I don’t know about you, but I’ve been more or less in a state of limbo for several months: COVID-19* has thrown a spanner in most people’s schedules. Events postponed. Then cancelled. Then re-scheduled. Then cancelled again. And again. Or maybe in a few weeks? Not likely, but things still need to be decided, planned as-if, and prepared for. But it’s challenging to work toward a goal that’s too fluid to pin down; is it happening or not? Will it be worth all the effort to prepare, or will that all come to nothing? [*Shouldn’t we now be calling it COVID-20? I think 2020 deserves to be known as the year of COVID more than 2019 when most of us had never even heard about it last year.]
One event I am planning for (maybe) is our semi-annual Christmas craft fair at our church. I usually provide a variety of options, and this year is no different; but now that I’ve found out it’s actually happening (as far as we can tell at the moment), I’ve been scrambling to make various-sized face masks and mask mates (button/ cloth extensions to relieve pressure from the ears) in time for the last November weekend. Part of my mind – that part a bit gun-shy from on/off plans – has wondered what I’ll do with so many masks if we don’t end up having the fair! But I can’t let that stop me from preparing for it, anyway.
My husband and I are both active in the leadership of our church; he is an elder, while I am in the team that organises / produces the church services. By “producing” in this context, in normal times it would simply mean coordinating the various teams beforehand to make sure everything runs smoothly on the Sunday; but with Corona, it now also means that – at least for now (as in March/April for a while) – it is once again restricted to livestream. But for how long? Or will we soon be back at full capacity? And how long will that last? Our quarterly planning sessions have become an exercise in limbo… in how many ways we can say “maybe”. The production side of such an event has taken on another quality: We are responsible for ensuring that the security measures are followed; we have also shifted from service leaders to producers of a video. It’s a learning curve, as there are a lot of considerations to plan for that were not necessary in a live service.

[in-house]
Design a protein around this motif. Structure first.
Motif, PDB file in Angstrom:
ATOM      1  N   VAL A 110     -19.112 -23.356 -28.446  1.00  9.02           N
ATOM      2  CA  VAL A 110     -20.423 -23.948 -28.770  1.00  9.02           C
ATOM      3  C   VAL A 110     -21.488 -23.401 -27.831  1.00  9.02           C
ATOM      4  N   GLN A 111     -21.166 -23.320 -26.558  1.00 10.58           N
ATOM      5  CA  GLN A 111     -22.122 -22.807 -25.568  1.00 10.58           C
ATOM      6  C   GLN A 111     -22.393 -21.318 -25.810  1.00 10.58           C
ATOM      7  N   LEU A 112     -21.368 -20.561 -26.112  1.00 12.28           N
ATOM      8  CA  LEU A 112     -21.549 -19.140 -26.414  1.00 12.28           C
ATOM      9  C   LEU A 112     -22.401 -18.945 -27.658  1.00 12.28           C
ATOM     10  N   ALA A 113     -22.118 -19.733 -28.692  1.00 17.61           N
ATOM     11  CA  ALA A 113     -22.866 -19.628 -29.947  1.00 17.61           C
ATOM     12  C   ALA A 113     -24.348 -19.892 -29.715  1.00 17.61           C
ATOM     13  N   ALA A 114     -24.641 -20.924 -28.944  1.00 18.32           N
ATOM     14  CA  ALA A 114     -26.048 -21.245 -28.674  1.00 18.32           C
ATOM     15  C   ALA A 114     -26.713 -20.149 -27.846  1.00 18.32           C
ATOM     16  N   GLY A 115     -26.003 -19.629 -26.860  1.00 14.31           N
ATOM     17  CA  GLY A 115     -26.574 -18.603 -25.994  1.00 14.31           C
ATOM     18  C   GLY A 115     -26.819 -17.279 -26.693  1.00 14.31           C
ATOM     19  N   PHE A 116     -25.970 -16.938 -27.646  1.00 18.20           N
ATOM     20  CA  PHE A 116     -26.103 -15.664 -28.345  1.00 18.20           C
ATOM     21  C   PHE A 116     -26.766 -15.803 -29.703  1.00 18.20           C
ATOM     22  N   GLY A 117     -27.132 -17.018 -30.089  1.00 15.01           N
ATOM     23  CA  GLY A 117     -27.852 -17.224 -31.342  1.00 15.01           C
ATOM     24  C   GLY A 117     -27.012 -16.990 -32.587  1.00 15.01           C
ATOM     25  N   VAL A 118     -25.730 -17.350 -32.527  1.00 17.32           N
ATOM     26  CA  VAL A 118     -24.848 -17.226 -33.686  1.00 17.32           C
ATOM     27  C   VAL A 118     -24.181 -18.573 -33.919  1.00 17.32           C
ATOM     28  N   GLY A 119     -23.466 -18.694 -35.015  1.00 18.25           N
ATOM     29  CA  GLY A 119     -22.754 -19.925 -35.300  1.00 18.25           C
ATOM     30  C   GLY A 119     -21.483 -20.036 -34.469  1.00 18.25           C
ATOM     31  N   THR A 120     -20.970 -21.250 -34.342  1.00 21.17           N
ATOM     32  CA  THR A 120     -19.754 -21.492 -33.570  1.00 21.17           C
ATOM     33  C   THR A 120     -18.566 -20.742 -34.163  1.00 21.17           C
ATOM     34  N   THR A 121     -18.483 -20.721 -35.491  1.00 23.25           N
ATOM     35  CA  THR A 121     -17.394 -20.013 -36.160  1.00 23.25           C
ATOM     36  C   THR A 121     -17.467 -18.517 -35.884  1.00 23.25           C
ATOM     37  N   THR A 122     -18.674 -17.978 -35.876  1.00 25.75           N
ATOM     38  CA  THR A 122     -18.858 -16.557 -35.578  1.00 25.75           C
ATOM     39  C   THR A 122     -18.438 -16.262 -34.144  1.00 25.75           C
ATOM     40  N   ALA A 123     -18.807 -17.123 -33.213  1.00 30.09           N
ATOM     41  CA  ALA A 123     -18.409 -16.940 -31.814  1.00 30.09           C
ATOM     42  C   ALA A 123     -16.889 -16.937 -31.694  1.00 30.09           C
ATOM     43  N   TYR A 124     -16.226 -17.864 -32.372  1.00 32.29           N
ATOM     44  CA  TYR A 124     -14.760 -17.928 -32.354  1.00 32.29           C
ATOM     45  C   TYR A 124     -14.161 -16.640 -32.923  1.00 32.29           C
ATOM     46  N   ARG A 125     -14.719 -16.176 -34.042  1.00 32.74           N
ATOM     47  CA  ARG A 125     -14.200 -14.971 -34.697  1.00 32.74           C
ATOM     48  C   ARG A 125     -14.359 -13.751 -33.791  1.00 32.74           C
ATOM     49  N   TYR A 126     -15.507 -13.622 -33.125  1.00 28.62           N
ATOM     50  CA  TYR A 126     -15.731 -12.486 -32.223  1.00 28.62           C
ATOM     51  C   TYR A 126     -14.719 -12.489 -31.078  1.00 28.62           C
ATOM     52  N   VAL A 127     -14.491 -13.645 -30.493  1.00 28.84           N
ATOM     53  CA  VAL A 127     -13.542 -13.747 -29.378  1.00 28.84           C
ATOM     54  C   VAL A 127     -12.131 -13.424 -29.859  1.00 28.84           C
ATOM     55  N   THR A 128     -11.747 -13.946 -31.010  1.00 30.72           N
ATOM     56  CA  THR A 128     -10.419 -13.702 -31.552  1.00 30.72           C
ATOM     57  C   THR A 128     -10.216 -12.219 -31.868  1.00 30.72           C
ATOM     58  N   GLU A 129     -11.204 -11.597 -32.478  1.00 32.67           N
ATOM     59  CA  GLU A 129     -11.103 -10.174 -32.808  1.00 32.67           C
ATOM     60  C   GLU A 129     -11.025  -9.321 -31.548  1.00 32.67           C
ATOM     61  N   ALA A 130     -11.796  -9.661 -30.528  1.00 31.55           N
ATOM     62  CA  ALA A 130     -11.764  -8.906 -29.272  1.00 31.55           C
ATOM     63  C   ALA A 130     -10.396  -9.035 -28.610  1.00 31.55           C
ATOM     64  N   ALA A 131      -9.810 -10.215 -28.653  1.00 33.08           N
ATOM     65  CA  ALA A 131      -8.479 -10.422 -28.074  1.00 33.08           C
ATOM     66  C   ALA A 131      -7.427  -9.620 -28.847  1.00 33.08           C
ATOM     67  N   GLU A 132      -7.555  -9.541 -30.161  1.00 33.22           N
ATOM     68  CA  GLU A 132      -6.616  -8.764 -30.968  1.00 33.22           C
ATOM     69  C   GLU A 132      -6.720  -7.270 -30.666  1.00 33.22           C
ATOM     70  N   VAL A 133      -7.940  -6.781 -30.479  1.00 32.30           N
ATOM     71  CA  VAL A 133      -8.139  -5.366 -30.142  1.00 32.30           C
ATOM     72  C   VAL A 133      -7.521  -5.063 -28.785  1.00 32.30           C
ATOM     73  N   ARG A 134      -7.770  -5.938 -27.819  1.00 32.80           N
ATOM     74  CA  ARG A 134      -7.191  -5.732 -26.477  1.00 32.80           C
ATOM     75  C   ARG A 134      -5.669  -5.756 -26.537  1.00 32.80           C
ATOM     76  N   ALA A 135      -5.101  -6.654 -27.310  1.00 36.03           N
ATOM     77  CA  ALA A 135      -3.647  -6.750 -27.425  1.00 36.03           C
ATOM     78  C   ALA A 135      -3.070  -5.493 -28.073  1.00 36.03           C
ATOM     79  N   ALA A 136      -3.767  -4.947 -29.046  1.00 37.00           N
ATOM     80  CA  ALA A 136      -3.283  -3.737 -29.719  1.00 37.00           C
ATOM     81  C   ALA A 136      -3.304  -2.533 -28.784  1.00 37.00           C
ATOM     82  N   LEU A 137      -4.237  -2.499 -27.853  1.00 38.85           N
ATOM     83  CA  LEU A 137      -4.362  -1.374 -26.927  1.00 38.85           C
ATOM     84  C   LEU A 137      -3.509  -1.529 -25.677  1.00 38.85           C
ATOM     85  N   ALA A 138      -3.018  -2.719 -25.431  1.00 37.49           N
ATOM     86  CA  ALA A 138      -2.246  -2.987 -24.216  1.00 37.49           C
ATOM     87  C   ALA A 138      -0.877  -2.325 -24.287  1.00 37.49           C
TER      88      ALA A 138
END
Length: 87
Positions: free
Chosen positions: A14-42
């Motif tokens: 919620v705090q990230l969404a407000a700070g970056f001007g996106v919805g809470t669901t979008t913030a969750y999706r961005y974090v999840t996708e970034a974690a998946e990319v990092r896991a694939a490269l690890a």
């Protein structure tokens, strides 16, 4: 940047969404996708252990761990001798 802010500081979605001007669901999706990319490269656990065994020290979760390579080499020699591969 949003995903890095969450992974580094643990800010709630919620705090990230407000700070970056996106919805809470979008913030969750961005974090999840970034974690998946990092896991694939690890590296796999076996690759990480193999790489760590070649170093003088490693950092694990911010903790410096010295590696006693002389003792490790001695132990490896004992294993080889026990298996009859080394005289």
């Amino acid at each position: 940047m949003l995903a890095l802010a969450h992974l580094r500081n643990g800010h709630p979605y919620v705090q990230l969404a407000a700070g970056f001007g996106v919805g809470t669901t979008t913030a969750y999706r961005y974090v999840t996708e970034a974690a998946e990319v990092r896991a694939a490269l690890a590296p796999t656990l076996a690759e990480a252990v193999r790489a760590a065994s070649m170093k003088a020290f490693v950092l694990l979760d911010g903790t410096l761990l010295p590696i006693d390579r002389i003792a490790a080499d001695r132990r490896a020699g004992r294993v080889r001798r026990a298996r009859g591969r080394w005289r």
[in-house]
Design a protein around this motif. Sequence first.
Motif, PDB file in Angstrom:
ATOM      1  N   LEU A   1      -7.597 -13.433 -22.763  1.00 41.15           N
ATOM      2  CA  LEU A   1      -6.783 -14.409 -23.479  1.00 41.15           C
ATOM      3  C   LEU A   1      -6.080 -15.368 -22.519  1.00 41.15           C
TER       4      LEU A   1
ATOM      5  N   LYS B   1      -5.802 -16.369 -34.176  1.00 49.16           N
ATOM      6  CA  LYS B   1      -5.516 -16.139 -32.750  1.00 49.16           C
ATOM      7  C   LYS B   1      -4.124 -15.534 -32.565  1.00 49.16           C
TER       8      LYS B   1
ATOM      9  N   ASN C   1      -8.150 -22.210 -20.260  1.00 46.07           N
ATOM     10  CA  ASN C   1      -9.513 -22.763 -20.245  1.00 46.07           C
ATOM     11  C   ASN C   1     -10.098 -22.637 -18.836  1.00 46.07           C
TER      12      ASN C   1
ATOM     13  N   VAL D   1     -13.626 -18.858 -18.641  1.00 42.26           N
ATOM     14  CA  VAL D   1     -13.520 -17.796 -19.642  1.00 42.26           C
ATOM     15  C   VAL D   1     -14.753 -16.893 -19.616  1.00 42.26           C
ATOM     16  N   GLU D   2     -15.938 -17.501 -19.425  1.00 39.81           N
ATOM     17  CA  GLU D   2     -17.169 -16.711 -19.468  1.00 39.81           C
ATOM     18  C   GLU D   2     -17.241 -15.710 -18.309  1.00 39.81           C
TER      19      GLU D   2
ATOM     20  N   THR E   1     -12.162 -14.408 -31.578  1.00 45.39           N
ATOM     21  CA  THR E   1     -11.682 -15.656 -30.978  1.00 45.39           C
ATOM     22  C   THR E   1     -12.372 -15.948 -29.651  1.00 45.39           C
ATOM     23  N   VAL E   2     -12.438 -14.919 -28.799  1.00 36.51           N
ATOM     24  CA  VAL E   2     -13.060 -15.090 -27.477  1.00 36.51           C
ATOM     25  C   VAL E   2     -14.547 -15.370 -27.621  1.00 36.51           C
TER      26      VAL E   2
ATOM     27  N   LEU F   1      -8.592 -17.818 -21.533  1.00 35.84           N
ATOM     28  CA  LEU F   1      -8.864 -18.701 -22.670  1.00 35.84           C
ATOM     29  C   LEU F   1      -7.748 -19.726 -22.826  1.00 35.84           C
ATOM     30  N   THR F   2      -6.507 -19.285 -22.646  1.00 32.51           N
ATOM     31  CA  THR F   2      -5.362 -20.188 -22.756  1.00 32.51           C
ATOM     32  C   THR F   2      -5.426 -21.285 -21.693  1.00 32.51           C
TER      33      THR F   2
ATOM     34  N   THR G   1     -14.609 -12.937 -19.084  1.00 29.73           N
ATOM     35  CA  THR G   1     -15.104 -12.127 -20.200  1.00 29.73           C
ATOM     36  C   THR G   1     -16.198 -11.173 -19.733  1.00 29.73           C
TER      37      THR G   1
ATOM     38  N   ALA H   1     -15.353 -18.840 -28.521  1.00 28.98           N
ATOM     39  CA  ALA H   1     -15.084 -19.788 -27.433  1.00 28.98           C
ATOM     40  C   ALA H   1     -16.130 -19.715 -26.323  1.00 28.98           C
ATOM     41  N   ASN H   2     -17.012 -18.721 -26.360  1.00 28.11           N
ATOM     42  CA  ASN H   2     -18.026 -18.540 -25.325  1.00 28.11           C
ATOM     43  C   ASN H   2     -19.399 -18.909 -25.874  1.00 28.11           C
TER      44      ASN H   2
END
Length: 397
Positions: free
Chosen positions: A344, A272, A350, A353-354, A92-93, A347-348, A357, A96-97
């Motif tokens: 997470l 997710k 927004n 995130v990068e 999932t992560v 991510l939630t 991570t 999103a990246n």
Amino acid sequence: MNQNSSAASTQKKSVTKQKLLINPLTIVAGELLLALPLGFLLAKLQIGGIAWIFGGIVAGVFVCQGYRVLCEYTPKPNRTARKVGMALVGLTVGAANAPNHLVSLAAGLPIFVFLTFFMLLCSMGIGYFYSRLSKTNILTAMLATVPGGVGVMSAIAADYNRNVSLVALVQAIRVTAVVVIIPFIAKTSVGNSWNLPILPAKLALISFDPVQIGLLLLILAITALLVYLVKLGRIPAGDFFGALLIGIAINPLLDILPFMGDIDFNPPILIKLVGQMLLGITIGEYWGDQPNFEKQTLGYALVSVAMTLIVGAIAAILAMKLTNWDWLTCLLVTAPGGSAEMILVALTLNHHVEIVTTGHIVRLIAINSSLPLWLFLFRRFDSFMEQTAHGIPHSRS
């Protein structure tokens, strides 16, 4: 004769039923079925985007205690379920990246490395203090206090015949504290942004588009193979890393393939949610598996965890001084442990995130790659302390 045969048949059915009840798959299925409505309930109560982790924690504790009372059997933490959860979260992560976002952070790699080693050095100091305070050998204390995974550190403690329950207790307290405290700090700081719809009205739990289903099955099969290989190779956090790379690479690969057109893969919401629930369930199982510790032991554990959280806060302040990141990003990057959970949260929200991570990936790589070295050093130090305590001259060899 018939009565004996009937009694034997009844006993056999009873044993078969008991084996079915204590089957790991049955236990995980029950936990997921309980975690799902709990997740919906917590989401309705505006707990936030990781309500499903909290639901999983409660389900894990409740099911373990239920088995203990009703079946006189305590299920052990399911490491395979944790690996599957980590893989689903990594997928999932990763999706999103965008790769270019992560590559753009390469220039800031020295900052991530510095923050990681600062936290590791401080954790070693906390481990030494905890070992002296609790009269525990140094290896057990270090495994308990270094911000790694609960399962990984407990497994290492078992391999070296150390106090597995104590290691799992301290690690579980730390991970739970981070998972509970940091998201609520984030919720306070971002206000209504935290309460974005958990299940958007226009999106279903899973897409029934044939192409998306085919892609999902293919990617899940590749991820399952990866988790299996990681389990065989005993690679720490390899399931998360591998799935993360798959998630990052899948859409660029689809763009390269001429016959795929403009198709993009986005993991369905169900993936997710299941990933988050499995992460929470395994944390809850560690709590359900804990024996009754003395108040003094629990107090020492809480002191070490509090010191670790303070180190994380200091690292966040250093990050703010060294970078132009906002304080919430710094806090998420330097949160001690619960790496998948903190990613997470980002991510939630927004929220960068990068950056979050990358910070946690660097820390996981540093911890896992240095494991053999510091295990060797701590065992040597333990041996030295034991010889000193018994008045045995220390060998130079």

In the first wave, most people in general were supportive of governments’ restrictions such as lock-downs and closures of events (concerts, exhibitions, weekly food markets) and restaurants, pubs, etc. Many probably thought it would soon be over. But as the second wave hit Switzerland, and we became a “hot spot”, I think people have not only begun to feel tired of it all, but also are beginning to think in terms of long-term preparation and planning that needs to be done. The first wave brought on panic-hoarding of things like loo rolls (toilet paper) and canned foods; at least here, the second wave has been met with calm pragmatism. Facemasks were scoffed at back in spring; now, they’re becoming a fashion accessory and an accepted part of our collective psyche.
If you or someone you know has been affected by COVID, then you’ve learned that “recovery” is also a limbo concept: There are longer term effects that could not have been anticipated, such as heart problems, breathing problems, effects on the brain, exhaustion, hair loss, rashes, smell and taste disruptions, achy joints, brain fog, headaches, and even depression. This isn’t just a flu virus. I myself had a mild case back in March, and I still have achy joints, exhaustion, occasional headaches and brain fog. I have no desire to test the hypothesis of herd immunity; I think that’s been debunked by now, anyway… it’s possible to be re-infected, so that’s enough for me to err on the side of caution.
Eventually, we’ll emerge from the fog of 2020; in the meantime, we can choose how we approach the current events: Some will buck against being told to wear a mask and wash their hands and keep their distance; some will hunker down in a food-stuffed bunker; some may focus on the not-haves and become impatient and depressed; some may choose to find a new hobby or something to positively focus their mind on; and some will do all of the above at various phases along the way. I think it’s similar to the process of grief or loss: Denial, shock, anger, bargaining, mourning, acceptance, peace. Wherever you’re at, I think we’re in this thing for the long haul, so I hope you arrive at the positive phases soon.
With what energy I have (which, admittedly, is a lot less than pre-Corona), I will try to keep a positive outlook, and do what I can with the time given to me. I hope you are well, that you stay healthy, stay safe, and that you can find creative ways to approach the upcoming holiday seasons within the restrictions of our times.
To end this with a smile, take a look at a few fun face masks!